How I built this blog

An exploration of minimalism and programming jokes

July 23, 2020 · Felipe Vogel ·

NOTE: You’re reading this on a more recent iteration of my blog. This post refers to the first version from 2020.

Of all the grand plans that a fledgeling developer inevitably dreams up and expands to impossible proportions, the most urgent is (thankfully) the least impossible: to make a blog. The humble blog is the doorway into dreams, the launchpad into the infinity of all the earth-shaking projects soon to be realized. (That’s how it goes in my imagination, at least.)

So I made this blog, and here’s what I learned.

A minimalist static site generator

When it comes to static site generators, Eleventy seems to be the coolest kid on the block these days. But instead I went with zs, which is even more elegantly minimalist. Also it’s more obscure and therefore much more hip.

Here’s what I love about zs:

Here’s a snippet from layout.amber (actually it’s nearly the whole thing):

import siteheader
article
    h1 #{title}
    div.posttop-subtitle
        #{subtitle}
    div.posttop-date
        {{ lua .zs\postdate.lua }}
    #{unescaped(content)}
footer
    ul.flexrow.center.wrap
        li.back-to-top
            a[href="#top"]
                i.fas.fa-chevron-up
        li.tweet
            {{ lua .zs\tweetbutton.lua }}

So much zen. title and subtitle come from each post’s YAML headers. The Lua scripts are plugins that I wrote: postdate.lua looks at the post’s filename to extract the date, and tweetbutton.lua creates a tweet link with the current page’s title and URL.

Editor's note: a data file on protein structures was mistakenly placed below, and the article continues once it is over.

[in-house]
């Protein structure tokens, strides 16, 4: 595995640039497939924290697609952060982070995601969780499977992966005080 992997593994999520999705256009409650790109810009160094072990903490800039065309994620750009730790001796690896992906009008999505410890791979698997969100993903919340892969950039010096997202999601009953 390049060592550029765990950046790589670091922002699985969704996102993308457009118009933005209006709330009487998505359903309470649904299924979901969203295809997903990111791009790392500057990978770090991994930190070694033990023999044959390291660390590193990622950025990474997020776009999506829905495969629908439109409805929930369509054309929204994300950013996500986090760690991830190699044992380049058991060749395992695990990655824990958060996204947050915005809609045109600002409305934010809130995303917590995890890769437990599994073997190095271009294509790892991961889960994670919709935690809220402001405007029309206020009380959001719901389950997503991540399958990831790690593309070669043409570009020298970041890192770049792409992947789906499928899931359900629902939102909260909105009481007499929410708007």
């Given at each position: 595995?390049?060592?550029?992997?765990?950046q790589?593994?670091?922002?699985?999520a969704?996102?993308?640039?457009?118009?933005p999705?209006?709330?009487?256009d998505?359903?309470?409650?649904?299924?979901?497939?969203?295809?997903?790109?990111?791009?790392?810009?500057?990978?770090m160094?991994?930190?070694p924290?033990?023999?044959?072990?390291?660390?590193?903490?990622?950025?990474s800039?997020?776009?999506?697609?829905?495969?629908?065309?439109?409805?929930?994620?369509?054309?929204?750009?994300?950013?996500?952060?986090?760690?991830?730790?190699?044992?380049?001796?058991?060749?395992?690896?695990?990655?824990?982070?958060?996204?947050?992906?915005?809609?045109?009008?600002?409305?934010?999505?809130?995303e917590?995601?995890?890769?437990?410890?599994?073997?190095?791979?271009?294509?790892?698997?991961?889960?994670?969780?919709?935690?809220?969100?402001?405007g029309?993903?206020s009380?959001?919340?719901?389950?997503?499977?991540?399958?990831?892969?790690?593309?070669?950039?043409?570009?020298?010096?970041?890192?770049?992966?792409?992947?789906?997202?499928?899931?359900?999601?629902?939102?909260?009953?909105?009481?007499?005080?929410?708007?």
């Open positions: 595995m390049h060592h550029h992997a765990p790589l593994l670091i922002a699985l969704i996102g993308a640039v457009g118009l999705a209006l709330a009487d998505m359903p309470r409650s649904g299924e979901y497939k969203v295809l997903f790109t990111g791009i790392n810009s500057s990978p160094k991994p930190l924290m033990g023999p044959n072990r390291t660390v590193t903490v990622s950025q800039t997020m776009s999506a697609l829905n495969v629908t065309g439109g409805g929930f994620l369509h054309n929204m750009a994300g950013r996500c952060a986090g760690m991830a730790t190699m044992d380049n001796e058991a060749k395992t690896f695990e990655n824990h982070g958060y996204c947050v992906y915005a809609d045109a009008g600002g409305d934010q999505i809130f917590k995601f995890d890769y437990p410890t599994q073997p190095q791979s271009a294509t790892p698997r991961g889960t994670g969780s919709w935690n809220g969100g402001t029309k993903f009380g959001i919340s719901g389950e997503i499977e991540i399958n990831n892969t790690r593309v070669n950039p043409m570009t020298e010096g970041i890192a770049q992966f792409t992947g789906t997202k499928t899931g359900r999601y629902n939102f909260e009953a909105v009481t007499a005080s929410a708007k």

I wrote another Lua plugin to populate the index page with a list of posts, based on the files in the “posts” folder. (In case you haven’t noticed, I love Lua for scripting. Not only is it simple and quick to write, but it has a blazing fast startup time, beaten by only a handful of other languages. Incidentally, the creator of zs also made the luash library for more conveniently using Lua in place of shell scripts. Nice!)

Instead of zs’s default GCSS, I went with Sass and learned some of its neat shortcuts: nesting, mixins, and doing math on variables.

The upshot

Most of all, I learned that creating something simple from scratch can be more joyful than creating something more complex in a system that you don’t understand.

And now writing a new post is a breeze:

Oh, and I had fun finding programming jokes for my mascot owl up above.

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